Well, this makes me feel significantly less like a rip-off artist for charging $322 for my next executive training.

(that said, I agree with Lenore on most things and respect her greatly. Probably just the liability insurance for this thing costs that much).

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 Post subject: Re: Free-range kids and related stuff
PostPosted: Wed Sep 12, 2012 9:17 am 
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Not being a parent, my perspective is that kids still do play outside.

The neighborhood I live in now doesn't seem much different than when I was young. You see kids playing, going to the nearby park, playing in the street and you may or may not see the parents outside. My neighbors used to sit outside while their kids were outside but the kids weren't always in their view. Now that their kids are a little older, you don't see them as much anymore and you see the kids in various locations around the neighborhood. It seems normal to me? I live in the suburbs with a mix of blue collar/white collar type families and only some petty crime.

When I grew up, I grew up in a relatively high crime area (gangs, drugs, burglary, occasional violent crime, etc) and it was the type of environment where I'd head out the door and let my mom know I'd be back in a couple hours. My friends and I would wander, maybe up to a mile from home. We'd often play at the local school as we didn't have a park (there is a park but it was further away than the school) and we would walk to the local store as well. When I got a little older (12? 13?), I got a bus pass so my friends and I might've been anywhere in the city.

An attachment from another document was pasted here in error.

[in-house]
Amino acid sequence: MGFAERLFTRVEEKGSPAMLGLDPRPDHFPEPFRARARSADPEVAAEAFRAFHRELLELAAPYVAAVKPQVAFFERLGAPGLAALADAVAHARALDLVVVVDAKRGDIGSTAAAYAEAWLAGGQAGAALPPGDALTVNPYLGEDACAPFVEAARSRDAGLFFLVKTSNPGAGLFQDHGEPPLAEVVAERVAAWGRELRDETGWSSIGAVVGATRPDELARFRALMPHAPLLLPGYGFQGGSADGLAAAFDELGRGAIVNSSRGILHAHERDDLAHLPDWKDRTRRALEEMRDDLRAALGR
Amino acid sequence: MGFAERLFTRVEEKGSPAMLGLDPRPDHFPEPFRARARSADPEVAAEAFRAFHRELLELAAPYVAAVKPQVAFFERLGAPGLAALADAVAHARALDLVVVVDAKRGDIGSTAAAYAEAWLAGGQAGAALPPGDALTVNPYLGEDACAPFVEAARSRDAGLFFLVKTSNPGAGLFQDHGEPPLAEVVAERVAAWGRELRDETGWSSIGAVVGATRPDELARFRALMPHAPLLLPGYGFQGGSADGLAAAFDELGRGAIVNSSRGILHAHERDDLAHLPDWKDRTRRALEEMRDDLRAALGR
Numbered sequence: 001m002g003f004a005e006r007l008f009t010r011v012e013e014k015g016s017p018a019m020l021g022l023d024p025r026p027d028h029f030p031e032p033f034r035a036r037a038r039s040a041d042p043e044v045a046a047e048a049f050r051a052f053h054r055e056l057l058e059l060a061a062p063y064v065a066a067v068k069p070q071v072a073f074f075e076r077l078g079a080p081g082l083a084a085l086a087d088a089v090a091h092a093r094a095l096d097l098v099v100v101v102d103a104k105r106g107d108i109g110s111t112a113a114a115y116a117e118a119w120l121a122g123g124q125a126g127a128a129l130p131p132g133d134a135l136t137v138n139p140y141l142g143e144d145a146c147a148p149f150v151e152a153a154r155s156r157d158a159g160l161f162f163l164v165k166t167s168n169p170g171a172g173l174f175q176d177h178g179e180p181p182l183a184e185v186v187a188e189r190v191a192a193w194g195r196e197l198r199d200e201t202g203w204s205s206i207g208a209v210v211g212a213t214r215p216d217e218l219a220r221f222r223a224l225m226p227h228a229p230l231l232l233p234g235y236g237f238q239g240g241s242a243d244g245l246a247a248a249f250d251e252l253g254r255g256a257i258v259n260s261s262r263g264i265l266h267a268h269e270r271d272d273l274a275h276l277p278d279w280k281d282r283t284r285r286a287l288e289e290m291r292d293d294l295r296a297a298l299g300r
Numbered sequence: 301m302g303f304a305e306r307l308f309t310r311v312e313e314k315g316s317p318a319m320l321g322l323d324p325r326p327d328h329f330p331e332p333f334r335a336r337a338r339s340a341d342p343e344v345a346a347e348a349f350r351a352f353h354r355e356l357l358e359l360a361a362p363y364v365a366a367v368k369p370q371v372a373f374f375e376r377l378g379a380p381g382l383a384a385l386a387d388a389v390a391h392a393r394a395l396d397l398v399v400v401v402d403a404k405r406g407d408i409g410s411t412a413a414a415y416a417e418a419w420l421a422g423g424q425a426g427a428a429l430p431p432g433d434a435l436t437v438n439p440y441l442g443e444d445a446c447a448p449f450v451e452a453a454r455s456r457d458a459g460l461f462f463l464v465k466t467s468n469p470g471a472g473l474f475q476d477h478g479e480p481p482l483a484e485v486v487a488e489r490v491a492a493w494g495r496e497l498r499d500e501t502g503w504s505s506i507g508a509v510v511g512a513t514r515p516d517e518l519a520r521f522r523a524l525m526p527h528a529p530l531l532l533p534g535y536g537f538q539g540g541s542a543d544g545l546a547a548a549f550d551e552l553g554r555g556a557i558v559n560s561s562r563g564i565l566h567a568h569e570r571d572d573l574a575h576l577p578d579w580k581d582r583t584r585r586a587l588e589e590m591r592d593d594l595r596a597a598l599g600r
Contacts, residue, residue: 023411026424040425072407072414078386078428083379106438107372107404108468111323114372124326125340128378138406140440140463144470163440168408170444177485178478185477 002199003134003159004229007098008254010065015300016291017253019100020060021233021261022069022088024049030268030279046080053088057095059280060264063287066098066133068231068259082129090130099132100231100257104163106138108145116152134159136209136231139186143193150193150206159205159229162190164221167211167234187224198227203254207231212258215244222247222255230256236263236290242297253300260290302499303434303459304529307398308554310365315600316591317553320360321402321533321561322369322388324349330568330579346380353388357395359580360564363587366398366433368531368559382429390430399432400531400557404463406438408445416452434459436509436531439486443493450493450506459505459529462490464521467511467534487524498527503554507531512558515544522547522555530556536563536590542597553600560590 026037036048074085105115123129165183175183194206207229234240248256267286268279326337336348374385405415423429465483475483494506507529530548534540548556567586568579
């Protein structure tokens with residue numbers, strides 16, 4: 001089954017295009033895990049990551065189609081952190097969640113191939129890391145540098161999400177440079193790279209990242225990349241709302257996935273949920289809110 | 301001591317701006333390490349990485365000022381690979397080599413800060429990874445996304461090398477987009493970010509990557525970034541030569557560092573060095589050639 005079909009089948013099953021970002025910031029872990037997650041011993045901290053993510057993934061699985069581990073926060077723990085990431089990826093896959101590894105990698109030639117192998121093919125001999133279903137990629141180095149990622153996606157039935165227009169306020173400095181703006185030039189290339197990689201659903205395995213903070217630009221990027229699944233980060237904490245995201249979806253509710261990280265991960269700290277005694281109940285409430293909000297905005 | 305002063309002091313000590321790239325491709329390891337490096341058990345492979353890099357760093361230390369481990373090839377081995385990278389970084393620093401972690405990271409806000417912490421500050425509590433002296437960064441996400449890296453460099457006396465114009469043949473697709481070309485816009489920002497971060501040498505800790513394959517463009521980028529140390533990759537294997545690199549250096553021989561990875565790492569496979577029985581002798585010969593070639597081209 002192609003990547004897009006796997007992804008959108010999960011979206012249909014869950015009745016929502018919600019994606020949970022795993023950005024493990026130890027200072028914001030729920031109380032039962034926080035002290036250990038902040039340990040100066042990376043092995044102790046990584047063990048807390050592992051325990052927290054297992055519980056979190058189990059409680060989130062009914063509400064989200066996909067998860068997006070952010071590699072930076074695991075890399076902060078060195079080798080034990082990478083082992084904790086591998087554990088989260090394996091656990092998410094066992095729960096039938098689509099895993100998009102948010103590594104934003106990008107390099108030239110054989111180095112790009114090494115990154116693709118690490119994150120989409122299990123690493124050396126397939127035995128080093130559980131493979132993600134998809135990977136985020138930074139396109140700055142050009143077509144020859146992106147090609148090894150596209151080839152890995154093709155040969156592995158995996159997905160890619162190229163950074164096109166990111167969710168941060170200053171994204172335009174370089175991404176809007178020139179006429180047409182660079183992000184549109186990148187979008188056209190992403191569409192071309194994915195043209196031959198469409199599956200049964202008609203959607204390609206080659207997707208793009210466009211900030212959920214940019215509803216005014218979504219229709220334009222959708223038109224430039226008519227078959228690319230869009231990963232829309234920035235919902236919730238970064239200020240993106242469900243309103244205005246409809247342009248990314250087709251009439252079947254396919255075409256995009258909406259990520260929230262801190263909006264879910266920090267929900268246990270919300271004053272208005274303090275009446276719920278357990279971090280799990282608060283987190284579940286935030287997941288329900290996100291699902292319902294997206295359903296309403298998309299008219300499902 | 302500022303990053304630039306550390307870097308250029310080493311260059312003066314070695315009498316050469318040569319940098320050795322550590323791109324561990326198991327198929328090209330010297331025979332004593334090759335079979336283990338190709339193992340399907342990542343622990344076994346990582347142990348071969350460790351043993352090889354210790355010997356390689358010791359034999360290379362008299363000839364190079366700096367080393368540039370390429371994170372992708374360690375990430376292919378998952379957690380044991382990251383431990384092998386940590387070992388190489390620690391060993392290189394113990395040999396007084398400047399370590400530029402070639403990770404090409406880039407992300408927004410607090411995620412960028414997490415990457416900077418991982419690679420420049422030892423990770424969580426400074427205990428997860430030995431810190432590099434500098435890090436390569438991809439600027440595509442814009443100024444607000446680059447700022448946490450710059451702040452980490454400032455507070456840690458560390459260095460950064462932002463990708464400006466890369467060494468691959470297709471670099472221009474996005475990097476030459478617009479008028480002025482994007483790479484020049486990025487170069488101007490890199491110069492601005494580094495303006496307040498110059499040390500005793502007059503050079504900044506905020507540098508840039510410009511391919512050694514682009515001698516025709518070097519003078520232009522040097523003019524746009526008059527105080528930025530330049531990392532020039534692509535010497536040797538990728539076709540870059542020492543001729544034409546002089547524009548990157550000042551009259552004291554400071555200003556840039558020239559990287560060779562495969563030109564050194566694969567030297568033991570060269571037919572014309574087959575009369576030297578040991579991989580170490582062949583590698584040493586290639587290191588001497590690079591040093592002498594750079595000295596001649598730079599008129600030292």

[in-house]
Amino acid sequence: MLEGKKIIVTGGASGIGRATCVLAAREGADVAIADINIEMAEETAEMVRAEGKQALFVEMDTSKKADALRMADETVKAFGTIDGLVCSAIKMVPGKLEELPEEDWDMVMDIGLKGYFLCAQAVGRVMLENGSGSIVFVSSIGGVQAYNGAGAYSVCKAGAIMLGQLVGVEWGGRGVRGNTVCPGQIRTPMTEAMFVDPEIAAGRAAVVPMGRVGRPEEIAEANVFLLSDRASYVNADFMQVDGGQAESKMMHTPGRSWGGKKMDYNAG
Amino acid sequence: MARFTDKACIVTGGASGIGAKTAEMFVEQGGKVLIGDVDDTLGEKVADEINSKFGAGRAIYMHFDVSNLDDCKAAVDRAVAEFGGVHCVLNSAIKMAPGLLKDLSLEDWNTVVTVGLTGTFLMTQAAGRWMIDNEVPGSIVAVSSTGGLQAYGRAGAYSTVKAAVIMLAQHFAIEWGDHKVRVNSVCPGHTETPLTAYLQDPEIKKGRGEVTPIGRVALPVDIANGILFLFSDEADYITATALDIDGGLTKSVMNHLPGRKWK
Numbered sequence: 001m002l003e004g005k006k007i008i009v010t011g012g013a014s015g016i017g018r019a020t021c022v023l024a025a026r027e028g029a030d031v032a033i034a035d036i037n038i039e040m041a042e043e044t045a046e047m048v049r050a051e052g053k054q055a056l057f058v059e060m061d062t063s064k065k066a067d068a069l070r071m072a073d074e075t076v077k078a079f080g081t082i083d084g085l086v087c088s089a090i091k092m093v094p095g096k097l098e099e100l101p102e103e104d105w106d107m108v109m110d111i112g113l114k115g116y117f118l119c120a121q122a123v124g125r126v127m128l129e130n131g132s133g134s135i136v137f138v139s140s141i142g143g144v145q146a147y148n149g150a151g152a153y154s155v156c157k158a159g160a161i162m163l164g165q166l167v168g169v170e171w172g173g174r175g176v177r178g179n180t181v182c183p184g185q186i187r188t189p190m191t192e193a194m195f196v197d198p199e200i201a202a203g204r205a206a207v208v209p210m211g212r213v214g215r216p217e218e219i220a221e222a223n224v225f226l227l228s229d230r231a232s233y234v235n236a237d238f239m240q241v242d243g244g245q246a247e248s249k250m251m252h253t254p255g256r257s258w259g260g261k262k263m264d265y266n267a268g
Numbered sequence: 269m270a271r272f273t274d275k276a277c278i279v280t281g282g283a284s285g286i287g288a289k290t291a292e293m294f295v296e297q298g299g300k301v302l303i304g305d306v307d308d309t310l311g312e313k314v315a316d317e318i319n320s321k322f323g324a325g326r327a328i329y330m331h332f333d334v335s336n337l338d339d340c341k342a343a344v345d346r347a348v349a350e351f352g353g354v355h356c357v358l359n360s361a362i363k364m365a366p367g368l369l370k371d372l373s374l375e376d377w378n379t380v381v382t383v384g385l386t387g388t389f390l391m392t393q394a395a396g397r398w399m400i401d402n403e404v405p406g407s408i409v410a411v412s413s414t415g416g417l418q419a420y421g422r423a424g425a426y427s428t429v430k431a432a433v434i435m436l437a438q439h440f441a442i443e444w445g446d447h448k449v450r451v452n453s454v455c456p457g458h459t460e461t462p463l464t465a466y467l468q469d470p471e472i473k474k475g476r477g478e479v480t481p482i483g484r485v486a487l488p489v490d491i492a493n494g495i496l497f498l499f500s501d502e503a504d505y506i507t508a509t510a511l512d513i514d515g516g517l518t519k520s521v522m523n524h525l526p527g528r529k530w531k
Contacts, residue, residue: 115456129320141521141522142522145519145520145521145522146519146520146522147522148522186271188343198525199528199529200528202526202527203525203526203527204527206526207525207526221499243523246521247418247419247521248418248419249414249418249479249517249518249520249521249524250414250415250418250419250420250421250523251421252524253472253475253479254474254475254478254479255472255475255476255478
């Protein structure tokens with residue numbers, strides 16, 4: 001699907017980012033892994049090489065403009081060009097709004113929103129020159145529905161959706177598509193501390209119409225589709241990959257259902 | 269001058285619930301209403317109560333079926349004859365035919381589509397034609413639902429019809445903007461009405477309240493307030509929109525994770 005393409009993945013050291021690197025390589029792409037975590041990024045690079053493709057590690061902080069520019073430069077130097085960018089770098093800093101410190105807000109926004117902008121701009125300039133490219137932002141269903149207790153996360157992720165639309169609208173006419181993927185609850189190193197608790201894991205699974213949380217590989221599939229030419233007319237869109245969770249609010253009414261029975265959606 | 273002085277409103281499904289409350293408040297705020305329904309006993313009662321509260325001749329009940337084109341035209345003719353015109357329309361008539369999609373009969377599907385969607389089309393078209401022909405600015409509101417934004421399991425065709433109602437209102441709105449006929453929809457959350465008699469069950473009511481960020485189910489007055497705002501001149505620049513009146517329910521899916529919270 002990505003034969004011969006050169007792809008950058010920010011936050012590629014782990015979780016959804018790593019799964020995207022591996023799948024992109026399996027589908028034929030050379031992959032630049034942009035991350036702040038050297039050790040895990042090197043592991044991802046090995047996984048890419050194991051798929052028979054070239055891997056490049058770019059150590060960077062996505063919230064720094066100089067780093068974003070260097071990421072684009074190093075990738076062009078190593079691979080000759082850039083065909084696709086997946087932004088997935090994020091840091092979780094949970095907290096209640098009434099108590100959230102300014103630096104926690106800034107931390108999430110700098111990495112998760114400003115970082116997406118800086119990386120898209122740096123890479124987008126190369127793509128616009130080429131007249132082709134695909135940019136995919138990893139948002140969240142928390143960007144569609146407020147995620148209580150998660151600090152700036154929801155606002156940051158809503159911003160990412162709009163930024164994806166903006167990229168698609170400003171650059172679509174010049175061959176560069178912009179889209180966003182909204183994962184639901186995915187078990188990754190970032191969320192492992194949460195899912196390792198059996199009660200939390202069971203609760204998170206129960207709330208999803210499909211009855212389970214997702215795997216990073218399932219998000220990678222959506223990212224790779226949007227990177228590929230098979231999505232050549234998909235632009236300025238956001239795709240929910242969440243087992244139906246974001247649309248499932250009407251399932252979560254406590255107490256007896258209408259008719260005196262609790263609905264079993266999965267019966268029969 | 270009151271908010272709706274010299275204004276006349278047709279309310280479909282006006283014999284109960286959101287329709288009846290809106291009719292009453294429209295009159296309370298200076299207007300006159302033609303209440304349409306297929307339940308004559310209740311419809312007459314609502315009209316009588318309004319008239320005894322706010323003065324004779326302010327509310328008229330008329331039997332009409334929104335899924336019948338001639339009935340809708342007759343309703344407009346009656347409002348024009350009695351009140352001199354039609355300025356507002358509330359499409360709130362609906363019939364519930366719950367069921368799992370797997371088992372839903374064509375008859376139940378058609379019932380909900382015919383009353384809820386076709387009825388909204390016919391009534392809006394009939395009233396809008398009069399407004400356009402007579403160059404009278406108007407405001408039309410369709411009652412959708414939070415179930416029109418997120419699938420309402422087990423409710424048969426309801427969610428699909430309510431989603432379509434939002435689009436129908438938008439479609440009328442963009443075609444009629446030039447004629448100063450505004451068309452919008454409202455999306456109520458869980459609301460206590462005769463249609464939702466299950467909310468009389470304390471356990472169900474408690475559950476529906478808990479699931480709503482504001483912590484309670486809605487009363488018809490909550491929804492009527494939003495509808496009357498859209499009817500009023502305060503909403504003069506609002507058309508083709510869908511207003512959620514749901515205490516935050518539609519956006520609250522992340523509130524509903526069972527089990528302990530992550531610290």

I guess I don't know if there is that big of a change everywhere. Maybe urban environments are different but it also sounds like it is more of a (possibly upper?) middle class issue? Especially if you are paying $300 to have your kids play freely with other kids.

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 Post subject: Re: Free-range kids and related stuff
PostPosted: Wed Sep 12, 2012 12:15 pm 
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It might not be true everywhere, but times have changed. Unstructured time away from parents is far rarer. When I was a kid, there was no such thing as a "playdate." Kids get together in scheduled, structured ways now. (Not all kids at all times, of course.) Walking or riding bikes to school is rarer. Scrutiny of adults (especially men) is more intense.

I think parents' attitudes have changed. School policies have changed. And so on.

I'm glad to hear the creeping dread hasn't spread to all corners yet, but watch out. It's on the way.

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 Post subject: Re: Free-range kids and related stuff
PostPosted: Wed Sep 12, 2012 3:39 pm 
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linanil wrote:
When I grew up, I grew up in a relatively high crime area (gangs, drugs, burglary, occasional violent crime, etc) and it was the type of environment where I'd head out the door and let my mom know I'd be back in a couple hours. My friends and I would wander, maybe up to a mile from home. We'd often play at the local school as we didn't have a park (there is a park but it was further away than the school) and we would walk to the local store as well. When I got a little older (12? 13?), I got a bus pass so my friends and I might've been anywhere in the city.